As a growing consumer force, Generation Yers may rival the Baby Boomers. But the younger set shows more conservative tastes as auto buyers, a researcher says.
Gen Y ranges from people in their mid teens to early 30s, and many of them, who are relatively new to the automotive marketplace, appear to be no-frills, no thrills-shoppers.
They particularly are interested in affordability and practicality, says Chance Parker, a research director for J.D. Power and Associates.
“They don't focus a lot on style and whiz-bang features,” he says. “They do talk about reliability, fuel economy, needed features and the integration of those features.”
The young crowd seems to disdain domestic auto makers, believing those firms ignore consumer demands and are the cause the current economic turbulence within the industry, Parker tells a J.D. Power automotive conference in Las Vegas.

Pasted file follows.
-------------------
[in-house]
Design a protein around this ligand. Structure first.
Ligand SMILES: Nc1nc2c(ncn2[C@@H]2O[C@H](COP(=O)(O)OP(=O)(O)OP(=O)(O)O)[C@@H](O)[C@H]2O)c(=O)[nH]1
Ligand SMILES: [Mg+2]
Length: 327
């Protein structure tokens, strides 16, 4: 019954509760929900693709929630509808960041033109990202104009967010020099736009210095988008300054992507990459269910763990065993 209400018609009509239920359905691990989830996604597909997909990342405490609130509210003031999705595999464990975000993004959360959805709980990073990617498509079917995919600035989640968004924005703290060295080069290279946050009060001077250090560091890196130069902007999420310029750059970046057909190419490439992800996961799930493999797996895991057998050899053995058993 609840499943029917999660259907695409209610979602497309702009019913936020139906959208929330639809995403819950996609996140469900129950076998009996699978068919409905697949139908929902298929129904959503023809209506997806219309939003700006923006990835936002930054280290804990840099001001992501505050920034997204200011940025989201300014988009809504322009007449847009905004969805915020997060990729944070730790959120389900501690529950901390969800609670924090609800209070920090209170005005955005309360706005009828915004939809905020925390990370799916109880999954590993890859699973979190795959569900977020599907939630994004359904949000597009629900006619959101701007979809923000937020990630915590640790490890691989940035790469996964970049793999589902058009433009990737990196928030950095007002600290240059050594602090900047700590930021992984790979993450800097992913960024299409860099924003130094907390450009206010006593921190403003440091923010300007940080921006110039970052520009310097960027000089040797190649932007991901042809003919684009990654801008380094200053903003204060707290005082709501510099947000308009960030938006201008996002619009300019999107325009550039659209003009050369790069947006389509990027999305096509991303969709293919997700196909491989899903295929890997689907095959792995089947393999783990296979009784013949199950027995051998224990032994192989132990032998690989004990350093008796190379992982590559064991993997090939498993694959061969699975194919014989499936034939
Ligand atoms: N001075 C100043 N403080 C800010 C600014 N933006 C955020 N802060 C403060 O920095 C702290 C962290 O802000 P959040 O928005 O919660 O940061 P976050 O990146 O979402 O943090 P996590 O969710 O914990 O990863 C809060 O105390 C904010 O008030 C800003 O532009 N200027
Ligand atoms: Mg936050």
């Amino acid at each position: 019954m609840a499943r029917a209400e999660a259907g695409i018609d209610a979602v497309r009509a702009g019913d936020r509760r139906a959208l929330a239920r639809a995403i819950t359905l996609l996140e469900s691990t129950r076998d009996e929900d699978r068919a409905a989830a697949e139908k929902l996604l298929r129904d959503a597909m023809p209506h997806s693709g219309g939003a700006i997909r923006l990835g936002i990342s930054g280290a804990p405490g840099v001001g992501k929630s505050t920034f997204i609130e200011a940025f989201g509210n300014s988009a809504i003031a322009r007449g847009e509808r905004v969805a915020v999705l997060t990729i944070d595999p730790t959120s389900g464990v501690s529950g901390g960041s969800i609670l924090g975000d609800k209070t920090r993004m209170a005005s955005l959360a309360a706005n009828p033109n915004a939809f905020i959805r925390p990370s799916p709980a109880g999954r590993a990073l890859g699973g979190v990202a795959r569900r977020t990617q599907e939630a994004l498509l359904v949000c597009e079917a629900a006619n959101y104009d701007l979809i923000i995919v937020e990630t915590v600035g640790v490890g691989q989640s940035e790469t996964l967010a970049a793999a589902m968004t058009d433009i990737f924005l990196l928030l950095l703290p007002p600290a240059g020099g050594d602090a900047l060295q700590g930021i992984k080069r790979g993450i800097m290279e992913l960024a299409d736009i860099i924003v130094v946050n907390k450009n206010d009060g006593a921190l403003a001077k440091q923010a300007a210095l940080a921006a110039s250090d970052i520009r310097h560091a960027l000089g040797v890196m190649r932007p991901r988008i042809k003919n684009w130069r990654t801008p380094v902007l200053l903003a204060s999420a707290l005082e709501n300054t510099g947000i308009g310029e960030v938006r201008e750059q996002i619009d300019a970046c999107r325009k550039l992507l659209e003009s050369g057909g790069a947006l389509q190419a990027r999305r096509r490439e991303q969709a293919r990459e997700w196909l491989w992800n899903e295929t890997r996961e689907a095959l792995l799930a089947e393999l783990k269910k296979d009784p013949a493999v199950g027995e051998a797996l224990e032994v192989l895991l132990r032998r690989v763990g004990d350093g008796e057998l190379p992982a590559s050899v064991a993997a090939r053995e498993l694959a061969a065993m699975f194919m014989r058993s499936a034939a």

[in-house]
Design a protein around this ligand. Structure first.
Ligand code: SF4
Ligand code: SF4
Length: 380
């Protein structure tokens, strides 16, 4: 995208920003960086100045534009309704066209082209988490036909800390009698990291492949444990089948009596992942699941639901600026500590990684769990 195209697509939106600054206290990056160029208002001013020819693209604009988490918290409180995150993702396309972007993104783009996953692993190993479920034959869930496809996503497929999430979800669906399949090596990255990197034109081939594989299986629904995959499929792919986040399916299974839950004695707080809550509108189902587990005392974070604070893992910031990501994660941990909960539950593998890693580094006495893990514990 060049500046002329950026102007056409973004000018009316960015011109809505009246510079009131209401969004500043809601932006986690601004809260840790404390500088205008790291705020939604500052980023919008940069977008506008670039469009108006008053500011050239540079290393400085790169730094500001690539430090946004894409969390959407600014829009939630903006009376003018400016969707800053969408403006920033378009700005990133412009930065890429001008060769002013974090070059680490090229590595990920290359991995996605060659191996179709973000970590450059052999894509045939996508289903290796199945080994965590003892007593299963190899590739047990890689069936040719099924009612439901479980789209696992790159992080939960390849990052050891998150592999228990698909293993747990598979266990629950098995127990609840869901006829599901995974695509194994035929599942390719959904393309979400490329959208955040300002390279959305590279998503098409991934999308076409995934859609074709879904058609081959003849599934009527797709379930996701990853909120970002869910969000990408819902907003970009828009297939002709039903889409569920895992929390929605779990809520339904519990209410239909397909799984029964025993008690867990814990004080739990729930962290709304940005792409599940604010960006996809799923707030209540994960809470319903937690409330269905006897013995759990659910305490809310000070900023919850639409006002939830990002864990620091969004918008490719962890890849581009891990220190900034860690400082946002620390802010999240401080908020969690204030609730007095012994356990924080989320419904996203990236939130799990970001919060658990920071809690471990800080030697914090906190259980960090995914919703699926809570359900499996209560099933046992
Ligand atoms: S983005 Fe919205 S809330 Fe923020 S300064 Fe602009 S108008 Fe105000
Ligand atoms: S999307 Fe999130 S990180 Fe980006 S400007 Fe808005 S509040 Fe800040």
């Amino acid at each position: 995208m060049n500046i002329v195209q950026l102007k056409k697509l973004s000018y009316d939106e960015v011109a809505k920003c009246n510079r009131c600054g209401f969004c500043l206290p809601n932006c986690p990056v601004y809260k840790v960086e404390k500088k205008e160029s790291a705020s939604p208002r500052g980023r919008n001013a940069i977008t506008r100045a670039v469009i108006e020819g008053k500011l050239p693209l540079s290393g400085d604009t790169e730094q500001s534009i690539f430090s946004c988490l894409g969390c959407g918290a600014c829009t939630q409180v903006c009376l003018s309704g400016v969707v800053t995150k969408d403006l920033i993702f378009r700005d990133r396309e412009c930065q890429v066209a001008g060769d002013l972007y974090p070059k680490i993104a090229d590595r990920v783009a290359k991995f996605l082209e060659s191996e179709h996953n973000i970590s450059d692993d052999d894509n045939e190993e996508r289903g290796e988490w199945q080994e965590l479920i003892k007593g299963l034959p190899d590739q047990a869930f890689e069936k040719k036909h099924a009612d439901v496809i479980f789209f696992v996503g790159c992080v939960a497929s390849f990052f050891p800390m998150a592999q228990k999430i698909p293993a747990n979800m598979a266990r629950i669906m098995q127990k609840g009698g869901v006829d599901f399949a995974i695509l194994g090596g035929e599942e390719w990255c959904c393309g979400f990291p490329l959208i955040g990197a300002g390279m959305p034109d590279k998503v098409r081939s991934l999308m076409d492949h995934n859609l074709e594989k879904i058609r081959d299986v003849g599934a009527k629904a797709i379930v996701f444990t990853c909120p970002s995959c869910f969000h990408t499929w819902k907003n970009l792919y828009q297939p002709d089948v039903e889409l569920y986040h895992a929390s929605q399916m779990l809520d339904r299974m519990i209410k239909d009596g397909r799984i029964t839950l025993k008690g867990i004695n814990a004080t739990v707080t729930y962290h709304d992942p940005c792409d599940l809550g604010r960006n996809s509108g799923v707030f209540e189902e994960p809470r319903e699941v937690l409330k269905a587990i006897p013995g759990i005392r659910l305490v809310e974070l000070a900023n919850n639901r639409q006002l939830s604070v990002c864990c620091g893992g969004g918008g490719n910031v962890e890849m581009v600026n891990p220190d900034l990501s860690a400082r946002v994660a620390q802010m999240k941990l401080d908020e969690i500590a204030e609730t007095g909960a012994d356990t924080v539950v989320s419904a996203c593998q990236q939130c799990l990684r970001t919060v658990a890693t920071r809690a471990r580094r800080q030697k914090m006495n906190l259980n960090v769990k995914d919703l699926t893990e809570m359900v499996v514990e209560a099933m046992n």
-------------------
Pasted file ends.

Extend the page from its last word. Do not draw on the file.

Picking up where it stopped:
It gets worse, from an industry perspective, as Parker relates what he calls “startling” results garnered largely from monitoring online chats, blogs and social media websites.
A growing number of American teens indicate no desire to spend money on buying and maintaining a car, he says.
In Japan, many younger people express similar sentiments, citing intense traffic jams and other drawbacks of motoring in that country.
But for American youths to feel the same way is in stark contrast to what their elders considered important when they were young. It makes for an unusual generation gap.
“It's not the way I felt when I was a kid,” Parker says. “I couldn't wait to get a car. It was an aspiration. For a young person to have a car back then was a status symbol.”